Warabi Mochi | Easy Japanese Recipes at JustOneCookbook.com

Warabi Mochi

Course: Dessert, Snack
Cuisine: Japanese
Keyword: mochi, wagashi
Prep Time: 10 minutes
Cook Time: 15 minutes
Total Time: 25 minutes
Servings: 4
Author: Nami
Warabi Mochi is a chilled, deliciously chewy, jelly-like mochi covered with sweet and nutty soybean powder and drizzled with kuromitsu syrup.  


  • ¾ cup Warabi Mochiko or Warabiko (bracken starch) (3/4 cup = 100 g) (See Notes)
  • 1/2 cup sugar (1/2 cup = 100 g) (See Notes)
  • cup water (1 3/4 cup = 400 ml)



  1. Prepare all ingredients and sprinkle some kinako on a baking sheet.
  2. In a medium saucepan, combine the Warabi Mochiko, sugar, and water. Mix all together.
  3. Heat the mixture over medium heat until it starts to boil.
  4. Then reduce the heat. Using a wooden spatula, stir (more like beat) constantly and vigorously for 10 minutes, or until the mixture is thick and evenly translucent. It’s quite a workout but be patient, it’ll transform to clear color!
  5. Remove the mochi from the heat and transfer to a baking sheet that’s covered with kinako (soybean flour). Sprinkle more kinako on top and let it cool in the refrigerator for 20 minutes.
  6. Once it’s cooled, take it out from the refrigerator and slice into ¾ inch cubes. Toss the warabi mochi with kinako and serve on the plate. If you like, pour the Kuromitsu (brown sugar syrup) over the Warabi mochi and enjoy.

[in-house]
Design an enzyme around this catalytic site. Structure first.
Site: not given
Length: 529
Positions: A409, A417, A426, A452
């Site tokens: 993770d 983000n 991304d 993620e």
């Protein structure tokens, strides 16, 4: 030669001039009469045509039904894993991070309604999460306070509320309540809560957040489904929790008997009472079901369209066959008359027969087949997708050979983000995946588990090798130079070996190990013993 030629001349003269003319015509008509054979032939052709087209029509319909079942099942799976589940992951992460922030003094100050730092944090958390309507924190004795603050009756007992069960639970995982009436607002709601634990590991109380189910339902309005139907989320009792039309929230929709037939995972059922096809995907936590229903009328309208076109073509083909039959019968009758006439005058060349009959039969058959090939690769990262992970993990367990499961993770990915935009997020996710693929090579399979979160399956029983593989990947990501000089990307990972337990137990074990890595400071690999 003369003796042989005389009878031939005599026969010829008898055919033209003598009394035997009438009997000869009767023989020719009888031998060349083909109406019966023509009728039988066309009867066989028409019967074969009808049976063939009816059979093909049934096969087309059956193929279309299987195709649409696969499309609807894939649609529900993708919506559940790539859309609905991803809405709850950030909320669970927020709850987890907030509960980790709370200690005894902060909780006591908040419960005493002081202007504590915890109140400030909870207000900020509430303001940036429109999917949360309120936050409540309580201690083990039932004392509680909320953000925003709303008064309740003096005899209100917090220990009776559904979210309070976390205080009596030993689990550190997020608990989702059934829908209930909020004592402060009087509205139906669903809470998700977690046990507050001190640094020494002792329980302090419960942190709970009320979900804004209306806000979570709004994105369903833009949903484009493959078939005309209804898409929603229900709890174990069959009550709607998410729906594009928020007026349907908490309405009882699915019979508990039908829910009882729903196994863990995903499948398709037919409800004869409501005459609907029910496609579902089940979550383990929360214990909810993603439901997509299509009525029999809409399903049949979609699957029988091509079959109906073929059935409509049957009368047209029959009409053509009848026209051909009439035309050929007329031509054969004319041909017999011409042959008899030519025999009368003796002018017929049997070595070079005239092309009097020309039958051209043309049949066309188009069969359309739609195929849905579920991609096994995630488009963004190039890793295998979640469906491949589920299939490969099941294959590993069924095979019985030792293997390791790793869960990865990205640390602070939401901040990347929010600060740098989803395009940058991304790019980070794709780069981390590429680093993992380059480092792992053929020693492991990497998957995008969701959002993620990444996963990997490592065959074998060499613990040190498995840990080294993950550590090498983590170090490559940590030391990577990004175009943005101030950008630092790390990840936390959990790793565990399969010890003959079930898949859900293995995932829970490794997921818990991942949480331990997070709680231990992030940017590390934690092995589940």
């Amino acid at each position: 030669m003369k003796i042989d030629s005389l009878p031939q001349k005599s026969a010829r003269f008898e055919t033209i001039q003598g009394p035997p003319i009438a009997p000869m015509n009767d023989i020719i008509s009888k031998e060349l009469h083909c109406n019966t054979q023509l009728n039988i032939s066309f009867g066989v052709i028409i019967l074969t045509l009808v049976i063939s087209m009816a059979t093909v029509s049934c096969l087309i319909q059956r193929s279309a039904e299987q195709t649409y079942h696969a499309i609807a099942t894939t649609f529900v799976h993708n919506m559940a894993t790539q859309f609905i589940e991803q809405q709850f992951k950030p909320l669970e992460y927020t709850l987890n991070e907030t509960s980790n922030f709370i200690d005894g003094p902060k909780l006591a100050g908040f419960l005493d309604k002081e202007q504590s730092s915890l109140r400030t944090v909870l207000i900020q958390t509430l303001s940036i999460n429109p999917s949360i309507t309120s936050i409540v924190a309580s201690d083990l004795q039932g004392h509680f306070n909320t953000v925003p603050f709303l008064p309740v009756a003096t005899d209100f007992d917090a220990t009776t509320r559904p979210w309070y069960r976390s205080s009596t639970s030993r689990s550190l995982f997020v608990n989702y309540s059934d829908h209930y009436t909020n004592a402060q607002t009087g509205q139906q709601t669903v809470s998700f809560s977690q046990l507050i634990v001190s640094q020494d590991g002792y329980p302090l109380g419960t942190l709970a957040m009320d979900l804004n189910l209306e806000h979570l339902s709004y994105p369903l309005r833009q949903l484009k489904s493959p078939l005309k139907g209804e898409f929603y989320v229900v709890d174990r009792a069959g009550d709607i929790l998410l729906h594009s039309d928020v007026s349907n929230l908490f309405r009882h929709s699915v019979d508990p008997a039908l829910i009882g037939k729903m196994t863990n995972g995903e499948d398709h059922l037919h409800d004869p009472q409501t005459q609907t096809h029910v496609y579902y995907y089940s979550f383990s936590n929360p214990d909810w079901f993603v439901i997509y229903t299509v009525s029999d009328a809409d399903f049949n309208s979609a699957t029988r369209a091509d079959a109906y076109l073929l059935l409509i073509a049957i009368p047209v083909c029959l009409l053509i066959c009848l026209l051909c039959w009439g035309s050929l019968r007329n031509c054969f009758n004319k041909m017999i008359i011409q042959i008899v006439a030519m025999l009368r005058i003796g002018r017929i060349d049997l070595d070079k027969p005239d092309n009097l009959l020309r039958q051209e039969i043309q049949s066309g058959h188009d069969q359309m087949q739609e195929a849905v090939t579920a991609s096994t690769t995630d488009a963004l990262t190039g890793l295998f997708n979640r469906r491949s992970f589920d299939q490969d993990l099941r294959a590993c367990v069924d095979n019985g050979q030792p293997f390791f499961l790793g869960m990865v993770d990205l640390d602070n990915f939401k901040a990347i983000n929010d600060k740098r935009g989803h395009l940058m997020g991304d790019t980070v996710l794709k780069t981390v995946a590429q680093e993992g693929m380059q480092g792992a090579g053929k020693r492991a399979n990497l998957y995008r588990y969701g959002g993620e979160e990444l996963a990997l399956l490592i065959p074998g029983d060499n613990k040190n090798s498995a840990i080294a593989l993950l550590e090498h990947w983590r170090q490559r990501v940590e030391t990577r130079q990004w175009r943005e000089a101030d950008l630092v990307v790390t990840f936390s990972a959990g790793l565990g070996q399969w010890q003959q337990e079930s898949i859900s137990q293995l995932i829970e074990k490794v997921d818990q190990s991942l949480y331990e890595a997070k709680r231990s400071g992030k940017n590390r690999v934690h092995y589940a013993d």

7. You can save warabi mochi at room temperature for 1-2 days. If you keep in the refrigerator warabi mochi gets hard and becomes white color. Warabi mochi is tastier if you refrigerate for 20-30 mins before you eat. If you use real warabi starch, it lasts only for a day and must be enjoyed soon. If warabi starch is mixed with other starch, it lasts longer, but the color is not as clear.

Recipe Notes

Warabi Mochiko or Warabiko: To substitute, you can use potato or tapioca starch. However, please note that it will be a different consistency.

Granulated Sugar: The ratio of warabi mochiko and sugar ratio is usually equal.  However, if you use kuromitsu syrup, I recommend reducing the amount of sugar (use 1/3 cup or 80 g sugar).

Recipe by Namiko Chen of Just One Cookbook. All images and content on this site are copyright protected. Please do not use my images without my permission. If you’d like to share this recipe on your site, please re-write the recipe in your own words and link to this post as the original source. Thank you.